The men, who were transiting through Egypt en route to Gaza, were also reported to have begun a hunger strike this week.
They are held along with thousands of Egyptians arrested in arbitrary political sweeps by the coup regime, amid a bloody crackdown on opponents.
“Time to channel some outrage”
The Toronto Star urged Canada to do more in an editorial today, faulting the government for being too soft since the 3 July military coup that overthrew Egypt’s elected president Muhammad Morsi:
Enough. Prime Minister Stephen Harper is making discouragingly little headway with muted expressions of diplomatic “concern” about the fate of two Canadians — a physician and a filmmaker — who have been languishing for weeks in an Egyptian jail without explanation or charge. It’s time to channel some outrage.
The military coup that has plunged Egypt into this contempt for due process and the law is a betrayal of its 2011 democratic revolution. It is roiling relations with friendly countries such as Canada and the United States. It is scaring off aid, investment and tourism. And it is condemning Egyptians to yet more violence and instability. That’s the message Harper should be sending, forcefully and publicly, to Cairo’s generals and their political cronies.
No credible accusations
Although Greyson and Loubani have not been charged, Egyptian prosecutors have made vague accusations that they and other foreign citizens picked up in the sweeps were involved violent activity. The Toronto Star demanded:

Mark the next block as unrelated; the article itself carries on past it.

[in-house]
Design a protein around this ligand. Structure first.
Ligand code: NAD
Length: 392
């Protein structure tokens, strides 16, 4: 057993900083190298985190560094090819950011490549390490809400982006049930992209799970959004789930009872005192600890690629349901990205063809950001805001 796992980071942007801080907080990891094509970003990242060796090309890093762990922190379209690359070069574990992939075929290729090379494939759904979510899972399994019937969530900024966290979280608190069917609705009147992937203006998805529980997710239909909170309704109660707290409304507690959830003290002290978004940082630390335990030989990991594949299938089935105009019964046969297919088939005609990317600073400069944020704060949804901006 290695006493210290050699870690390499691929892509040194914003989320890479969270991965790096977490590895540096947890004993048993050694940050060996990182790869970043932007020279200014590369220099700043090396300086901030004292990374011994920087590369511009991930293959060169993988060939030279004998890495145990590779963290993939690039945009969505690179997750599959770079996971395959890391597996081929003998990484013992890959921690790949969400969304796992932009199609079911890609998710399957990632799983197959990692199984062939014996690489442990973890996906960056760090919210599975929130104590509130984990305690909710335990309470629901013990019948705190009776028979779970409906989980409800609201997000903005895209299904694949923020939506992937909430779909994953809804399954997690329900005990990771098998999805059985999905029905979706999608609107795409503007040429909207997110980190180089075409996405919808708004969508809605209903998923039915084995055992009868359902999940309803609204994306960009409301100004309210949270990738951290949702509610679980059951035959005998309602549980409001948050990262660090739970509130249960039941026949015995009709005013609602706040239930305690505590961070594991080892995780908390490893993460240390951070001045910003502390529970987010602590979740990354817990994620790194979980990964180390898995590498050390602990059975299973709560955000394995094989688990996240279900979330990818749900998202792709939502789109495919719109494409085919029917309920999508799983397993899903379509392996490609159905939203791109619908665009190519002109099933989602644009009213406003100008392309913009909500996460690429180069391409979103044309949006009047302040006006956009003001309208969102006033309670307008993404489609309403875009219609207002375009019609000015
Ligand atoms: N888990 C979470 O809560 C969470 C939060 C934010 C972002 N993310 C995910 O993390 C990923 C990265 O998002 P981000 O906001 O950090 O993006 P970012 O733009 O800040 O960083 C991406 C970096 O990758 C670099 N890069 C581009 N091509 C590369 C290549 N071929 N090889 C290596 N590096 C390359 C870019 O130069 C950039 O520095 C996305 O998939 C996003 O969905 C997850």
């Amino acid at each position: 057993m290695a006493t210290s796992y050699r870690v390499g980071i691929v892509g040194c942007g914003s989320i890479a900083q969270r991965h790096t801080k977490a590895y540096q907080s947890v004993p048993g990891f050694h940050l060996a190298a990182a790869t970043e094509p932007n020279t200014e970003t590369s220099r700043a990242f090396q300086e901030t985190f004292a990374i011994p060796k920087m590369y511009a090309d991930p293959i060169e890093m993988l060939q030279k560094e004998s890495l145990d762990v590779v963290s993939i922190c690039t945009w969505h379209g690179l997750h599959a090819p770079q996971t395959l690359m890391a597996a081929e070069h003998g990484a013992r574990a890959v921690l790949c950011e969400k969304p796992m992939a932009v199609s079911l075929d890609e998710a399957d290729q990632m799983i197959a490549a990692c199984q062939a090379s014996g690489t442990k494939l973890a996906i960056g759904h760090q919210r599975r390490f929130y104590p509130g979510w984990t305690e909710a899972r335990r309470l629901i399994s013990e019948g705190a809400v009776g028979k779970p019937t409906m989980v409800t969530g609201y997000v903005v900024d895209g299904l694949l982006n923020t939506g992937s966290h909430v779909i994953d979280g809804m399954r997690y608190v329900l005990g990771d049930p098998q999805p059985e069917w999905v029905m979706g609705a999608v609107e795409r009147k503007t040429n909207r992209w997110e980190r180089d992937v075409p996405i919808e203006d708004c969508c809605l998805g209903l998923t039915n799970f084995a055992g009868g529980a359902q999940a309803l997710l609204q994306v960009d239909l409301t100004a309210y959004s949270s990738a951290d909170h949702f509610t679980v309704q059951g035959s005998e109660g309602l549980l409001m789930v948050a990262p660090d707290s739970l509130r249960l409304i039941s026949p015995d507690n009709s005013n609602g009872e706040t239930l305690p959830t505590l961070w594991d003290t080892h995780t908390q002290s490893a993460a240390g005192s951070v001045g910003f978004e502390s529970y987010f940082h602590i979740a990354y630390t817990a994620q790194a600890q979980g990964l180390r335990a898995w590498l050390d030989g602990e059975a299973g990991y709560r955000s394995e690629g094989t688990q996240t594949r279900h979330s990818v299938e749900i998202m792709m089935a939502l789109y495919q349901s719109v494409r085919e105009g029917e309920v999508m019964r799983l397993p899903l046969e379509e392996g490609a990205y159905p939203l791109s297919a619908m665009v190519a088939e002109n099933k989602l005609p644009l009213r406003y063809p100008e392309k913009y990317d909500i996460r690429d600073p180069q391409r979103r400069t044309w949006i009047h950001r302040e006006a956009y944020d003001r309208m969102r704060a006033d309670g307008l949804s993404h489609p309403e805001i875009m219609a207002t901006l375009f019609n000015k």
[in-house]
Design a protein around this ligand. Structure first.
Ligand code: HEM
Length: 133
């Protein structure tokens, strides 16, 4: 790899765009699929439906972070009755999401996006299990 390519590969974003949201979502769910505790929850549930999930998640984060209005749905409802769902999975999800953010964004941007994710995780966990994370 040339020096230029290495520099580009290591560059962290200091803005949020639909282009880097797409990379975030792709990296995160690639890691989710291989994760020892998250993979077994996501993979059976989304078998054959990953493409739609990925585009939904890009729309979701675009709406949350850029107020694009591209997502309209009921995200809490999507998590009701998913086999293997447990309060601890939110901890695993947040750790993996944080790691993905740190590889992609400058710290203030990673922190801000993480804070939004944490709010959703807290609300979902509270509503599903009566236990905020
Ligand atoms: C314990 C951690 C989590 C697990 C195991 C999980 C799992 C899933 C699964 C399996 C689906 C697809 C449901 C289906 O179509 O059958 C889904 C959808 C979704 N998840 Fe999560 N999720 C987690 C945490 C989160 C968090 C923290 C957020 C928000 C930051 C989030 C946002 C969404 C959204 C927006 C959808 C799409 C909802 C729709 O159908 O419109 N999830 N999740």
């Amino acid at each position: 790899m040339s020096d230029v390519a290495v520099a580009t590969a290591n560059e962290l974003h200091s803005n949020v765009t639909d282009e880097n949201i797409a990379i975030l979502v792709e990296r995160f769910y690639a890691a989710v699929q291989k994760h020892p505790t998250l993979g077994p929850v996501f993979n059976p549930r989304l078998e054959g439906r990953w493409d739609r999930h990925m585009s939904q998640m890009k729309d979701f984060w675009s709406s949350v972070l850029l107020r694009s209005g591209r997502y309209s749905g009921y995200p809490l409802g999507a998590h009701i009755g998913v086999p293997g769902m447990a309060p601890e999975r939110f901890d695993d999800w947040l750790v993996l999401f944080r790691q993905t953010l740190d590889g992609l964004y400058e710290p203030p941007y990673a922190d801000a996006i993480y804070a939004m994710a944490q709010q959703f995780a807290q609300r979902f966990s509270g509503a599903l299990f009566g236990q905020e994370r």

Egypt must provide a credible case, or release these men as it should release many others. No one who knows them believes they threatened Egypt’s security and social peace, much less belonged to an armed gang that had guns and explosives. While both are passionate activists, they are committed to Palestinian [emphasis in original] causes and were merely passing through Cairo en route to Gaza City.
Cut off arms deals
Canadians for Justice and Peace in the Middle East has urged the government to go even further.
“Prime Minister Harper should immediately call his Egyptian counterpart to demand Greyson and Loubani’s release; Canada has leverage with Egypt; it’s high time it used it,” the group’s president Thomas Woodley said in a statement.
Canada “exports millions of dollars of military equipment annually to Egypt. Egypt is likely also a recipient of indirect Canadian military exports, via Canada-US military agreements. CJPME believes that Canada must suspend direct and indirect arms exports to Egypt and consider suspending other trade as well, at least until Egypt’s human rights track record improves considerably,” the statement adds.